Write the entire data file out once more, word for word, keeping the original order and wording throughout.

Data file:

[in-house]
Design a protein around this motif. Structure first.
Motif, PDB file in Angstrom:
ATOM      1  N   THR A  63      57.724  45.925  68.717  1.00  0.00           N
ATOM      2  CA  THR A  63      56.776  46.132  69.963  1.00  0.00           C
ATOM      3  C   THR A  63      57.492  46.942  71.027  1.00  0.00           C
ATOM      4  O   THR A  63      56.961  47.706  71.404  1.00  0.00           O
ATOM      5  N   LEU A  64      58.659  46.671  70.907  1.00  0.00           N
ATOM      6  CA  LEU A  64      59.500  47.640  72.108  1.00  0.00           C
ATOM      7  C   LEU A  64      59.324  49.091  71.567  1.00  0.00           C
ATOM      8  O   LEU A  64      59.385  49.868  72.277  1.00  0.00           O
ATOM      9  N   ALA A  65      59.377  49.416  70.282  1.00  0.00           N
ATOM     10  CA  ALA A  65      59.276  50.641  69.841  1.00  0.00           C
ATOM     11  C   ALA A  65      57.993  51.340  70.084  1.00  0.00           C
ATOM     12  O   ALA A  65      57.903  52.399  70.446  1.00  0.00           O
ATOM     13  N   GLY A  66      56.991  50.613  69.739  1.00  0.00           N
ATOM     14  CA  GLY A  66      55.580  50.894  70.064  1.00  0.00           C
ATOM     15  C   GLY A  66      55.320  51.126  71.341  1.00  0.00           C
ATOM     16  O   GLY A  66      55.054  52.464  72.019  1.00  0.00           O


[in-house]
Design a protein around this motif. Structure first.
Motif, PDB file in Angstrom:
ATOM      1  N   THR A  63      57.724  45.925  68.717  1.00  0.00           N
ATOM      2  CA  THR A  63      56.776  46.132  69.963  1.00  0.00           C
ATOM      3  C   THR A  63      57.492  46.942  71.027  1.00  0.00           C
ATOM      4  O   THR A  63      56.961  47.706  71.404  1.00  0.00           O
ATOM      5  N   LEU A  64      58.659  46.671  70.907  1.00  0.00           N
ATOM      6  CA  LEU A  64      59.500  47.640  72.108  1.00  0.00           C
ATOM      7  C   LEU A  64      59.324  49.091  71.567  1.00  0.00           C
ATOM      8  O   LEU A  64      59.385  49.868  72.277  1.00  0.00           O
ATOM      9  N   ALA A  65      59.377  49.416  70.282  1.00  0.00           N
ATOM     10  CA  ALA A  65      59.276  50.641  69.841  1.00  0.00           C
ATOM     11  C   ALA A  65      57.993  51.340  70.084  1.00  0.00           C
ATOM     12  O   ALA A  65      57.903  52.399  70.446  1.00  0.00           O
ATOM     13  N   GLY A  66      56.991  50.613  69.739  1.00  0.00           N
ATOM     14  CA  GLY A  66      55.580  50.894  70.064  1.00  0.00           C
ATOM     15  C   GLY A  66      55.320  51.126  71.341  1.00  0.00           C
ATOM     16  O   GLY A  66      55.054  52.464  72.019  1.00  0.00           O